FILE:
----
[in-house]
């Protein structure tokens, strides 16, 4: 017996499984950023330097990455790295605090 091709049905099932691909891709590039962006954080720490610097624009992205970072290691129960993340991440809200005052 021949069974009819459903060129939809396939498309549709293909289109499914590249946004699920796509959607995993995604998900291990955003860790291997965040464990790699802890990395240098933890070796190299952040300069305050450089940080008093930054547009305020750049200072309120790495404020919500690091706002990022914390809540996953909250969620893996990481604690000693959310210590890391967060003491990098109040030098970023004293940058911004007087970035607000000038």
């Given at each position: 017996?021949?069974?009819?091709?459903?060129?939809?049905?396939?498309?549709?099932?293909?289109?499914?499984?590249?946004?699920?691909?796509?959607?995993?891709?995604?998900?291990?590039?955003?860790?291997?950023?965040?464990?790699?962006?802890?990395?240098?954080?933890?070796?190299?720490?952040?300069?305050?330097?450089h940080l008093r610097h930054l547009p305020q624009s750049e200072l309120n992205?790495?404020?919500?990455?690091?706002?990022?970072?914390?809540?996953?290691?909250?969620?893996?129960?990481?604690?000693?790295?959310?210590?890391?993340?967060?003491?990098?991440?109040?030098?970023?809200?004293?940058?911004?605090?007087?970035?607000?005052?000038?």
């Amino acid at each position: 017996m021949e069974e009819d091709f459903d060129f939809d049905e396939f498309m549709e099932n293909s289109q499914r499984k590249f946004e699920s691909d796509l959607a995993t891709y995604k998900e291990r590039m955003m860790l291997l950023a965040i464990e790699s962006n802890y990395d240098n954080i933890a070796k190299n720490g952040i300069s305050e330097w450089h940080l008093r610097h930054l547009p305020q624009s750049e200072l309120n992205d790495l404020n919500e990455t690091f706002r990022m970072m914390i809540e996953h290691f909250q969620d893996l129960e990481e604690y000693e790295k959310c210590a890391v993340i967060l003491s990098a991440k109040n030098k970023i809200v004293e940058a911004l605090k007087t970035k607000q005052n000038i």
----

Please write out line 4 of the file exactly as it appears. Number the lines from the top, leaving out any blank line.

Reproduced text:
């Amino acid at each position: 017996m021949e069974e009819d091709f459903d060129f939809d049905e396939f498309m549709e099932n293909s289109q499914r499984k590249f946004e699920s691909d796509l959607a995993t891709y995604k998900e291990r590039m955003m860790l291997l950023a965040i464990e790699s962006n802890y990395d240098n954080i933890a070796k190299n720490g952040i300069s305050e330097w450089h940080l008093r610097h930054l547009p305020q624009s750049e200072l309120n992205d790495l404020n919500e990455t690091f706002r990022m970072m914390i809540e996953h290691f909250q969620d893996l129960e990481e604690y000693e790295k959310c210590a890391v993340i967060l003491s990098a991440k109040n030098k970023i809200v004293e940058a911004l605090k007087t970035k607000q005052n000038i």